Gardner said he had questions to ask. He hired the trap, and was responsible.
By Banton: My name was not on the cart.
Mrs. C. V. Dawson, wife of the last witness, said : I was aware my husband let a pony and trap to Gardner. On the 24th, Gardner came into the house with rug on his shoulder, and said “Missus, I have brought your rug.” I looked out the door, expecting to see the pony and trap, but I did not. and asked him where it was. Gardner said, “Haven’t you got it?” I said “You know I haven’t” and he then stated that be had given a man a shilling on the previous evening to bring it home. He afterwards said he would go and find them or pay Mr. Dawson for them. Gardner then went across to Mr. King’s. I followed, and again asked him where the pony and trap were. He then told me would go and find them.
By Banton: Gardner went straight to public-house when he left our house on the Tuesday morning. He did not go straight to the police station.
By Gardner: You said you would go and try to find the trap and if you could not, you would pay my husband the value of it. You did not say you would go to the police-station.
By Banton: I did not hear Gardner make any inquiries.
Luther Wilderspin, butcher, of Gwydir street, said: I remember the Newmarket race week, at the latter end of last October. Three men in a pony and cart came to my house one evening in the fore part the week, about nine o’clock. I knew the pony and trap. It was a chestnut pony, with hog mane and silver tail, and a light stained trap. They ordered a pound of steak which I took out to them. They asked me for change for a £5 note, but I said I could not give it them. They offered to go and get change, or call and pay me in the morning. I kept the steak. They drove off in the direction of Mill-road, which is in an opposite direction to the Red Lio., When one of the men said something about having a pony and trap, I said, ‘’That don’t belong to you ;it belongs to Mr. Dawson.” I said it loud enough for them to hear ; but can’t say whether they did, the trap was making a noise.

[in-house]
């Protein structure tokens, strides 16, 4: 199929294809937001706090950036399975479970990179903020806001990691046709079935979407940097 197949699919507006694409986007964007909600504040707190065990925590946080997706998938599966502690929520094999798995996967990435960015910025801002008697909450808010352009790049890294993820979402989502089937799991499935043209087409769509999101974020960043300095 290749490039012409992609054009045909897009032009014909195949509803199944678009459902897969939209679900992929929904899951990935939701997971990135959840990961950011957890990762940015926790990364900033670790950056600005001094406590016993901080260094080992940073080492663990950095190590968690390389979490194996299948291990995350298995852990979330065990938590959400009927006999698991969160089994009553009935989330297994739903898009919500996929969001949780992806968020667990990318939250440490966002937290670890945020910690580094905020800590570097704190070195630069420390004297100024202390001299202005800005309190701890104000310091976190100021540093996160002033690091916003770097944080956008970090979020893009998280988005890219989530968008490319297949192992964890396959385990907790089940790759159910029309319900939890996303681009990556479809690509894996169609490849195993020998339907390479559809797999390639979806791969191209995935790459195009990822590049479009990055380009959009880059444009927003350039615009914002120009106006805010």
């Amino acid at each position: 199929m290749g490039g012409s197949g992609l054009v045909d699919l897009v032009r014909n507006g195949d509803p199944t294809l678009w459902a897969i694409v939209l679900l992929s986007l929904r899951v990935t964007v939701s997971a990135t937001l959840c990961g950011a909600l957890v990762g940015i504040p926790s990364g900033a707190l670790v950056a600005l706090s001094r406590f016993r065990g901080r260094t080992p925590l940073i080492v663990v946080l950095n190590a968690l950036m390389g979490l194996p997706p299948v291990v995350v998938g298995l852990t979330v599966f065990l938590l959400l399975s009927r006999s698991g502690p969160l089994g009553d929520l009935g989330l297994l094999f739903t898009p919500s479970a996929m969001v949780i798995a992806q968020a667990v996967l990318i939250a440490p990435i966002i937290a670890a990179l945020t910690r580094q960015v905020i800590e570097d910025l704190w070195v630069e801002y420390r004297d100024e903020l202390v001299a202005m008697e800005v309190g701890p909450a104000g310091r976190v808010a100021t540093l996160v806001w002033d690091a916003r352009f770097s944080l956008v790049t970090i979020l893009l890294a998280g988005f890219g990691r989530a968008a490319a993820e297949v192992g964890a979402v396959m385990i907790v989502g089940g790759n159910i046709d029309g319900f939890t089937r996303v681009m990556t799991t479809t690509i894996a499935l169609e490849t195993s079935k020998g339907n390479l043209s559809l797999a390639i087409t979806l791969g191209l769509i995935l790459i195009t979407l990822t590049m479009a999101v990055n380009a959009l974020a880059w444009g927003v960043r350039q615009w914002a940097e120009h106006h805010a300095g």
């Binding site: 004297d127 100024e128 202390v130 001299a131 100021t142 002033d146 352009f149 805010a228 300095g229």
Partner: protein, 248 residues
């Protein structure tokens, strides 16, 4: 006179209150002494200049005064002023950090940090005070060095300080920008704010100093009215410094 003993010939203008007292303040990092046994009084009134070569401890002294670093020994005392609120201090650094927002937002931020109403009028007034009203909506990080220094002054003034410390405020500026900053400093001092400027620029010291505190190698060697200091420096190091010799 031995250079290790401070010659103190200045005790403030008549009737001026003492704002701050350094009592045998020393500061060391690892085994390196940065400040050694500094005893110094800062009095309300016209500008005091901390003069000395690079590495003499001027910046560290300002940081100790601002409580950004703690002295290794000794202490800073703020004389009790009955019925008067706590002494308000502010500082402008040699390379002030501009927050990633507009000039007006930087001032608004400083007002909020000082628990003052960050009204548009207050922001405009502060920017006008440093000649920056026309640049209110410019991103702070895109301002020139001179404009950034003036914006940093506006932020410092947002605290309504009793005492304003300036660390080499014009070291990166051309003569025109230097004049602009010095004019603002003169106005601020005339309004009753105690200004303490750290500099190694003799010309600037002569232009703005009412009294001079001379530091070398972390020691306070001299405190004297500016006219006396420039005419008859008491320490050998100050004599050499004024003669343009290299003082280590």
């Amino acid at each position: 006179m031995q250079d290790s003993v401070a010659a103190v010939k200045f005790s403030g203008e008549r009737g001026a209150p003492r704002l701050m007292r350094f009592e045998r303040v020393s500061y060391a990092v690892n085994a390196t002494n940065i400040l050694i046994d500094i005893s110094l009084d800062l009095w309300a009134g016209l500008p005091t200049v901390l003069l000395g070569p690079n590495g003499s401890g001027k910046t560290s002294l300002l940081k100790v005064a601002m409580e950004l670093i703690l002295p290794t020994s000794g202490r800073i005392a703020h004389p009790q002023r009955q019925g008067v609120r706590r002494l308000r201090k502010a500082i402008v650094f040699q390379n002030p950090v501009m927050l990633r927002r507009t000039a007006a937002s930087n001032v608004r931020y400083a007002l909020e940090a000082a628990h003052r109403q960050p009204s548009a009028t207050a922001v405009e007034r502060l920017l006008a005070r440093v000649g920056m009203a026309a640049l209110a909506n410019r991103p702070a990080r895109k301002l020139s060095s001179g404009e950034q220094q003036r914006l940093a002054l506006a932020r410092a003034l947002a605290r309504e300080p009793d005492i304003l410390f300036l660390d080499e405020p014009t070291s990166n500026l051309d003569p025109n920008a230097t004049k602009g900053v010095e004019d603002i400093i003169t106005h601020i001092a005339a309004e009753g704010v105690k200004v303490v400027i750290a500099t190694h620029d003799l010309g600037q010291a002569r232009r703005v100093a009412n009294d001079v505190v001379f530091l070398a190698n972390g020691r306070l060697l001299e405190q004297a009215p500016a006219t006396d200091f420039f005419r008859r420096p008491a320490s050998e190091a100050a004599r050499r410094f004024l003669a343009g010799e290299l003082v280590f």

By Banton: There were three men the trap. I could not say who was that asked for the steak. I don’t know whether Gardner said “This is my pony and trap,” ‘or ” Our pony and trap.’’
PC Pammenter said: I was on duty on the Mill road, on the evening of the 23rd of October, I saw Mr. Dawson’s pony and trap being driven down the Mill road towards Parker’s-piece. There was only one man in the trap. It was not Gardner. The man was driving Furiously.
Wm Henry Cardinal, of Bradmore-street, said: On a Monday night in the Newmarket race week, at the end of Octobe, I. was on the Hills road. I saw a pony and trap coming rather fast from the railway bridge to me. The man pulled up and asked me if he was right for Bishop’s Stortford. I told him that I did not know, but I thought he was. It was not Gardner in the trap. It was a young man.
By Gardner: He drove off very quick.
By Banton; When before the magistrates, you acknowledged meeting me.
Ebenezer Canham said : I don t know Mr. Dawson. I know Gardner. I did not recommend him to apply to Dawson for a trap in the Cambridgeshire week.